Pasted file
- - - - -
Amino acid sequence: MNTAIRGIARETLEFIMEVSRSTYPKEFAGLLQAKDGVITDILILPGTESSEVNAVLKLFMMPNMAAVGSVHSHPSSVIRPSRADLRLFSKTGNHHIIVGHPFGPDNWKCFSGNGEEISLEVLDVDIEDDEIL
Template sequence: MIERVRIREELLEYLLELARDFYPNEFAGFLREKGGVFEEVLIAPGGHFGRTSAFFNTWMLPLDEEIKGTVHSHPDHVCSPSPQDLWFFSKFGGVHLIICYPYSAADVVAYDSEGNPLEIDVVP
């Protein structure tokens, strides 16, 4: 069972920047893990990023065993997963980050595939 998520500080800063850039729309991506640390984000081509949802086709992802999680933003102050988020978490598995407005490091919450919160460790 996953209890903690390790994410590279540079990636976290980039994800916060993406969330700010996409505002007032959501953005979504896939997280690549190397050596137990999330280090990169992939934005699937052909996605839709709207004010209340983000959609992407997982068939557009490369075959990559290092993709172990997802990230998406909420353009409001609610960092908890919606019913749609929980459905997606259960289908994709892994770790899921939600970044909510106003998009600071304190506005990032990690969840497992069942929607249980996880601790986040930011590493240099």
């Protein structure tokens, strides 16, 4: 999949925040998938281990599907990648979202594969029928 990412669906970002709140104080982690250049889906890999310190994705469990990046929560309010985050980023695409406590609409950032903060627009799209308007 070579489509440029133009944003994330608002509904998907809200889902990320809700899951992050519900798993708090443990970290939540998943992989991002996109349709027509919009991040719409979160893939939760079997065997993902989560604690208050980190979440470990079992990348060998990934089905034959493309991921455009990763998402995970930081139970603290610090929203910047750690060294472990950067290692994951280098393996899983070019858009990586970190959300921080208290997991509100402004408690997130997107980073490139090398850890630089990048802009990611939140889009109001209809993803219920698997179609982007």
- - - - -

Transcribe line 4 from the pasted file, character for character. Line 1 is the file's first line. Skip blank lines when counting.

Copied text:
């Protein structure tokens, strides 16, 4: 999949925040998938281990599907990648979202594969029928 990412669906970002709140104080982690250049889906890999310190994705469990990046929560309010985050980023695409406590609409950032903060627009799209308007 070579489509440029133009944003994330608002509904998907809200889902990320809700899951992050519900798993708090443990970290939540998943992989991002996109349709027509919009991040719409979160893939939760079997065997993902989560604690208050980190979440470990079992990348060998990934089905034959493309991921455009990763998402995970930081139970603290610090929203910047750690060294472990950067290692994951280098393996899983070019858009990586970190959300921080208290997991509100402004408690997130997107980073490139090398850890630089990048802009990611939140889009109001209809993803219920698997179609982007």